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murder mysteryPeter Cheyney’s “Uneasy Terms” brought back those wonderful childhood summer vacation days when I was reading Agatha Christie, Peter Cheyney, Edgar Wallace, etc. sunbathing in my parents’ garden or in my room, feet up the wall for better leg circulation.

It’s interesting how a novel full of murders, dark secrets and danger lurking around every corner (page) invokes happy feelings. Actually, regardless of the circumstances one reads this novel in (forget sunny garden and leisure days), it seems to me like the novel disregards its gloomy subject and goes on in happy/adventurous tone as if dealing with some fun teenage mystery.

What I like about Cheyney is his confident tone and quick-paced story-telling without lingering on the unnecessary, but feeling it important to linger on the character’s appearance, face expression, posture and everything that might reveal their thoughts and intentions which is very interesting to read for me. Dan Brown comes the first to mind as an example of an author who might want to learn something about character building from Peter Cheyney.

What I also love about this 40’s novel is the fact that it tries so hard to be modern, and it probably was modern in those times; to me it is incredibly charming and endearing to follow detective Callaghan, the toughest guy around who addresses women with “hey, doll” (I assume something like that comes out of his mouth in the original English version – since I read this in the Serbian translation), drinks all the time and beats up everyone who stand in his way.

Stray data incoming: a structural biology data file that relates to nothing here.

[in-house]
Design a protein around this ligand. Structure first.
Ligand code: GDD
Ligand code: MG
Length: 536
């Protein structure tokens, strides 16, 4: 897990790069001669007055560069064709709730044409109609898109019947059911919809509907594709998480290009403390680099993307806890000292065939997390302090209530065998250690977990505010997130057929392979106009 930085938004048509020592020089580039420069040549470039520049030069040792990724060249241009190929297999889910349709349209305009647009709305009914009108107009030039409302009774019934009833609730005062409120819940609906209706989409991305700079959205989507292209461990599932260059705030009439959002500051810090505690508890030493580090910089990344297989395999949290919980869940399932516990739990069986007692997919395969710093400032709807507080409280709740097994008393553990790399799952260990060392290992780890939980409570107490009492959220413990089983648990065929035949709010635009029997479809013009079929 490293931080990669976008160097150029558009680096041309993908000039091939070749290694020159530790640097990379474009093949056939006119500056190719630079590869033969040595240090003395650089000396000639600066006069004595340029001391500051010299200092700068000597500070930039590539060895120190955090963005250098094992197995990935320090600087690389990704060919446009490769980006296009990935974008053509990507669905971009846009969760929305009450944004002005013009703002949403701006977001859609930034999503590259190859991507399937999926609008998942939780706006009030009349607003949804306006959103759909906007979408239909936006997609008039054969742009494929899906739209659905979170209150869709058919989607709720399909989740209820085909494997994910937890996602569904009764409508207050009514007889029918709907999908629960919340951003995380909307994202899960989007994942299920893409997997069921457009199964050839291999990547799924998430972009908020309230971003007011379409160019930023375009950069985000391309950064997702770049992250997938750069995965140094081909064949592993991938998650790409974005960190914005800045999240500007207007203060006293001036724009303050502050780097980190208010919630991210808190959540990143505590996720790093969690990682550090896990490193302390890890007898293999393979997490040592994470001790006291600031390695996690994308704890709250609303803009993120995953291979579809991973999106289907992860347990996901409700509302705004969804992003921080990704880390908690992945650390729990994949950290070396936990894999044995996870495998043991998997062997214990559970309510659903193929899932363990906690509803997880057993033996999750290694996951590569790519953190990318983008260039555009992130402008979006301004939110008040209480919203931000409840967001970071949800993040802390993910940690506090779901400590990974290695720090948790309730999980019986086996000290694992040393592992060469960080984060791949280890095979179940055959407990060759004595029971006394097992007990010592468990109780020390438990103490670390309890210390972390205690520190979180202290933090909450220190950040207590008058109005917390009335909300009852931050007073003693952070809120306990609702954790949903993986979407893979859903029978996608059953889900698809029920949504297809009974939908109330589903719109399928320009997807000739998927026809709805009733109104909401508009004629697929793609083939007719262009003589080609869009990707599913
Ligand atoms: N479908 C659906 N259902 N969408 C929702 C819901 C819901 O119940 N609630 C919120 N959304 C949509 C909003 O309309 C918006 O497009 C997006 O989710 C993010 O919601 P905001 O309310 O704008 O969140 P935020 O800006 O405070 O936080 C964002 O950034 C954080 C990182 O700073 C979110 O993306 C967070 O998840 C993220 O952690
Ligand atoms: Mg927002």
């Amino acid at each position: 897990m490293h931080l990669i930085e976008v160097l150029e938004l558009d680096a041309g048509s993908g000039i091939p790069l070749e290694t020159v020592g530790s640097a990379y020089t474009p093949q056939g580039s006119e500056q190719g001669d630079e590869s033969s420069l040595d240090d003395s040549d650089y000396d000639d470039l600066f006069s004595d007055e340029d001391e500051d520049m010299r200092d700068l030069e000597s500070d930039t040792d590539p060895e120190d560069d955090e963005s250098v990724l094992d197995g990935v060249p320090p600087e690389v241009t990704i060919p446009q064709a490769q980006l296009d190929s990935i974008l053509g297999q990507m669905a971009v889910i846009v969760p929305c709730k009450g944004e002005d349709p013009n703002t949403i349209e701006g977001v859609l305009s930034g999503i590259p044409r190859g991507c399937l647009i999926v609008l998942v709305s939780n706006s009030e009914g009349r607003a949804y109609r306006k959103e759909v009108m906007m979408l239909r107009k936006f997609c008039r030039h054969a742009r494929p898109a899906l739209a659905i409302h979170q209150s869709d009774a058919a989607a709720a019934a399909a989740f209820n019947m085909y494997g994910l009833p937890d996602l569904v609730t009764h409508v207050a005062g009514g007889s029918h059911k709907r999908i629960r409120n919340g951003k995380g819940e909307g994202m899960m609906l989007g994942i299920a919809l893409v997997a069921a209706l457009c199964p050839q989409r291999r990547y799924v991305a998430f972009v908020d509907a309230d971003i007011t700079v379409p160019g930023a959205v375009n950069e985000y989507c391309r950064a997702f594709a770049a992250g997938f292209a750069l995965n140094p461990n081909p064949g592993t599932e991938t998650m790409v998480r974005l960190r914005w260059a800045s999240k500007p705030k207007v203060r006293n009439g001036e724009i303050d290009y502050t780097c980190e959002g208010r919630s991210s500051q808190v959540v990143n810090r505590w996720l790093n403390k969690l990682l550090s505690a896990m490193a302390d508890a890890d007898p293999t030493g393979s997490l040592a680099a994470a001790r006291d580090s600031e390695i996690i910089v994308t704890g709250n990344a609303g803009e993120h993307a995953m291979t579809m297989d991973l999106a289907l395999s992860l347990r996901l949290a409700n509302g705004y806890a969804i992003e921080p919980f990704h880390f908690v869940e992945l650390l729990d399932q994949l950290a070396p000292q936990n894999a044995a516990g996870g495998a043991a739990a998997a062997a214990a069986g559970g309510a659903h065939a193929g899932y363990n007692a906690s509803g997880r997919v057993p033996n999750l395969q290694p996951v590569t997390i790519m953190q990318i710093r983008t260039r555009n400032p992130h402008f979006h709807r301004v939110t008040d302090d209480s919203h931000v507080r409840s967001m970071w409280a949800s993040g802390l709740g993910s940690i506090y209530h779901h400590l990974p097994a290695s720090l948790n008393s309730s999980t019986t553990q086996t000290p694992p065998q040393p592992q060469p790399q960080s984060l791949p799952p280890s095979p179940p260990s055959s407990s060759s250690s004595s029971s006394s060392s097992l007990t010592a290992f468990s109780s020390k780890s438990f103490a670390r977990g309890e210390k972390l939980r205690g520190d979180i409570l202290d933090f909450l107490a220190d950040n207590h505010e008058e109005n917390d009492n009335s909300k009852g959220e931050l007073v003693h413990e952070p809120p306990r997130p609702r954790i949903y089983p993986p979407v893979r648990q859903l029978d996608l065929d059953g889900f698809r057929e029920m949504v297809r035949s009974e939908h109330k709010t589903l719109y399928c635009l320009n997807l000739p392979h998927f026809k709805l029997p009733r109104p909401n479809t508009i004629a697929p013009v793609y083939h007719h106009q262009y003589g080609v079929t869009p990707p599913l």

private eye“Uneasy terms” opens with a dark, gloomy night in a wealthy family mansion where three pretty sisters are angered by their guardian and stepfather, colonel Jervis Stenhurst who objects to their “lewd” behavior with suspicious young men from some nearby nightclub. Guess who’s gonna be found murdered soon? Yes, after trying to reach Slim Callaghan and failing (someone did a good job of preventing that from happening), colonel Jervis is found dead holding a gun and a handkerchief with his oldest stepdaughter’s initials on it.

We have five suspects, or at least that’s how I read it: the oldest stepdaughter Viola – of incredible fragile beauty, serious and a little sad; Patricia – wild dark-haired beauty who knows how to live and have fun, and Coreen – a spoiled brat who loves borrowing her older sister’s provocative dresses and dreams of becoming either a Hollywood diva or a private eye’s most devoted little helper. The other two suspects are the girls’ aunt who lives with them, and a lawyer who helped write the girls’ mother’s will, making him, the aunt and colonel their three guardians.

“Uneasy terms” is a wonderful dive into the mystery world that makes you feel relaxed and refreshed when you come out.

I’m not sure if my fascination with old detective novels and movies comes only from their “oldness” (the way the main character in Woody Allen’s “Midnight in Paris” is fascinated by the 1920’s Paris of Hemingway, Fitzgerald, Picasso and Dali), or if they really possess that now almost gone quality of being created by a skilled, thoughtful maker.

In any case, “Uneasy terms” is a quick read that I very much recommend.